The way Favado works, is by partnering with “data contributors” all over the country who already compile deals and create weekly coupon matchups for the stores they follow on their blogs. Favado provides them with access to list-making software and a coupon database, in exchange for access to their matchups, which are then aggregated on the app. So it’s a win-win-win, for the bloggers, for Savings.com and for Favado users.

But killing off Favado would have meant killing off the list-making software that the blogger contributors rely on, as well as access to other contributors’ matchups. So not only would Favado users no longer have access to the app, but their favorite coupon bloggers might no longer be able to cover their favorite local stores.

So Savings.com reversed course. “We have long been trying to figure out a way to balance keeping our app users and bloggers happy while making it a financially viable product for us to continue supporting,” Howard Chiao, director of product management at Savings.com, told Coupons in the News. So now, Savings.com will begin charging contributors a monthly fee for its list-making software and coupon database, and offering their matchups on Favado for free.

And some contributors appear to be balking – hence the sharp decline in the number of Favado’s supported stores.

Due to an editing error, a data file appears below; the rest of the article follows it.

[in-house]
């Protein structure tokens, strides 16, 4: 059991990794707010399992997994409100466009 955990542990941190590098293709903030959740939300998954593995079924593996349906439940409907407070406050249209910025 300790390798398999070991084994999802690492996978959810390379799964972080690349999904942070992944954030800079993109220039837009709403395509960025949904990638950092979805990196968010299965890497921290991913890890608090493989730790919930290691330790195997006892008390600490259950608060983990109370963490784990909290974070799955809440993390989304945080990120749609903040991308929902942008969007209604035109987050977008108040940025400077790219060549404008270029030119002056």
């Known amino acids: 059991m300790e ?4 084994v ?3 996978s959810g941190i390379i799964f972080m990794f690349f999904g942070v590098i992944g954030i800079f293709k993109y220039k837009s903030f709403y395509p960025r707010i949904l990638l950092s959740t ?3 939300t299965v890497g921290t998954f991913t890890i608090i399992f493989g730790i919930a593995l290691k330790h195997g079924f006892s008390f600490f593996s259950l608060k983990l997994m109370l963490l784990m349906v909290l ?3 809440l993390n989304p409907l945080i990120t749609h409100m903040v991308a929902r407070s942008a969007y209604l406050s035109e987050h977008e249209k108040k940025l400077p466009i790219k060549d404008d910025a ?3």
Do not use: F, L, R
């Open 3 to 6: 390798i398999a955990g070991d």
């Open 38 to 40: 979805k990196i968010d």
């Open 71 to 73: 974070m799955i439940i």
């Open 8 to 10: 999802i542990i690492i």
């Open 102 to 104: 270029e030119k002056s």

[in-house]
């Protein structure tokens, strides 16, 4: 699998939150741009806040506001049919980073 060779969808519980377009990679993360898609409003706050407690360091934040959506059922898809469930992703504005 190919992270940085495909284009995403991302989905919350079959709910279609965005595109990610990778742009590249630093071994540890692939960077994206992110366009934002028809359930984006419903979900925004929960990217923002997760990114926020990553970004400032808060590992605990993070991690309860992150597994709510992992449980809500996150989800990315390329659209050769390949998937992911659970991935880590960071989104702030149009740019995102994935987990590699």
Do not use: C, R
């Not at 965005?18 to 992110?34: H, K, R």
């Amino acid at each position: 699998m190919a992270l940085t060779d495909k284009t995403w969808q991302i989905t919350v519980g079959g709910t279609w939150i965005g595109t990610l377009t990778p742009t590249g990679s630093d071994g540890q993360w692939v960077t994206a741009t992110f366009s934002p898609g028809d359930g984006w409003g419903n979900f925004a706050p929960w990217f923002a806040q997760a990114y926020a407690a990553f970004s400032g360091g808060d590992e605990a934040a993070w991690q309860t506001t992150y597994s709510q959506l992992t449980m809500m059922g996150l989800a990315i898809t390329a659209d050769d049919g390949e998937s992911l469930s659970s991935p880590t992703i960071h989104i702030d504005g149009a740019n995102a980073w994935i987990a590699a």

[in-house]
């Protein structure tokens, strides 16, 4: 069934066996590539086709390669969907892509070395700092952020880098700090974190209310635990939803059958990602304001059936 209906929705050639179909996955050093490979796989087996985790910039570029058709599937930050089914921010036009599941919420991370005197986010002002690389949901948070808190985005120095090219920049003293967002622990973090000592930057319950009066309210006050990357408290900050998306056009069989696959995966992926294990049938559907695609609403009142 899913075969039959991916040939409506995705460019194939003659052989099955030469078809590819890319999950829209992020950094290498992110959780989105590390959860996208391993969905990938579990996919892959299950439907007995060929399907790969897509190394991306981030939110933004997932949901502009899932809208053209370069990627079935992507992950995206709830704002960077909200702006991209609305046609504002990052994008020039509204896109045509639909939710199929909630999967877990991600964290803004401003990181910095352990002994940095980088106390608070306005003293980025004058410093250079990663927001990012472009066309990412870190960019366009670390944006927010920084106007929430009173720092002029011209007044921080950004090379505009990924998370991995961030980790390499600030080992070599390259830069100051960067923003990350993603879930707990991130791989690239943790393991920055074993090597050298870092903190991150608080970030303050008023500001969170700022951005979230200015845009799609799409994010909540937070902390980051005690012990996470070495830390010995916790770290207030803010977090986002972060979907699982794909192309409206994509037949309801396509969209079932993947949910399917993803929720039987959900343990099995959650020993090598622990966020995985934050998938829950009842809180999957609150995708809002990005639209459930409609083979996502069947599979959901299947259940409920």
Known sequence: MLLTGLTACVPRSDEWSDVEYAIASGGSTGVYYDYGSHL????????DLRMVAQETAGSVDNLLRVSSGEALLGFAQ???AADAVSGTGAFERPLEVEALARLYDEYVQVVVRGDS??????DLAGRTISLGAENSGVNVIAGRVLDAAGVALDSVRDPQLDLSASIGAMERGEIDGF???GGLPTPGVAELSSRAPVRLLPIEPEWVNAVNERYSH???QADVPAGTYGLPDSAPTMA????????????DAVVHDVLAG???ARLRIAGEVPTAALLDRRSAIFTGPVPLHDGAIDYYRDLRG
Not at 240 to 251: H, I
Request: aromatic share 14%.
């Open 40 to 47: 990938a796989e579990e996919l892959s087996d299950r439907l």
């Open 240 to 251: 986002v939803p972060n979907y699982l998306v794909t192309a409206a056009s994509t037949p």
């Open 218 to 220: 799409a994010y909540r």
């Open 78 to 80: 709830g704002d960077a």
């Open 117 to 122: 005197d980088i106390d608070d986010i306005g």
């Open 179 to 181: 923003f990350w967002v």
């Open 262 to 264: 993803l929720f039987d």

“One potential side effect of our operational streamlining is that app users may see fewer stores in their app,” Chiao acknowledged. “However, as we build a larger user base, we should see more and more stores in the app.”

At least that’s the hope. Favado debuted back in 2013, right in the sweet spot where the “extreme couponing” era and the growing appetite for consumer apps coincided. At that time, there were any number of apps allowing you to make grocery lists, while retailer apps were enhancing their ability to let you select digital coupons from your phone, and rebate apps like Ibotta and Checkout 51 were just starting to get off the ground.

Despite the availability of all these shopping apps, though, “tracking sales and promotions takes too much legwork,” Favado explained to users. So it set out to automate the process – with the help of expert couponers.

“We were confident we could build an app that aggregates all the best sales and coupons across stores, lets shoppers easily build, manage and share lists, and discover further savings to regularly save up to 70% on their weekly grocery bill,” then-Savings.com CEO Loren Bendele said at the time of Favado’s launch.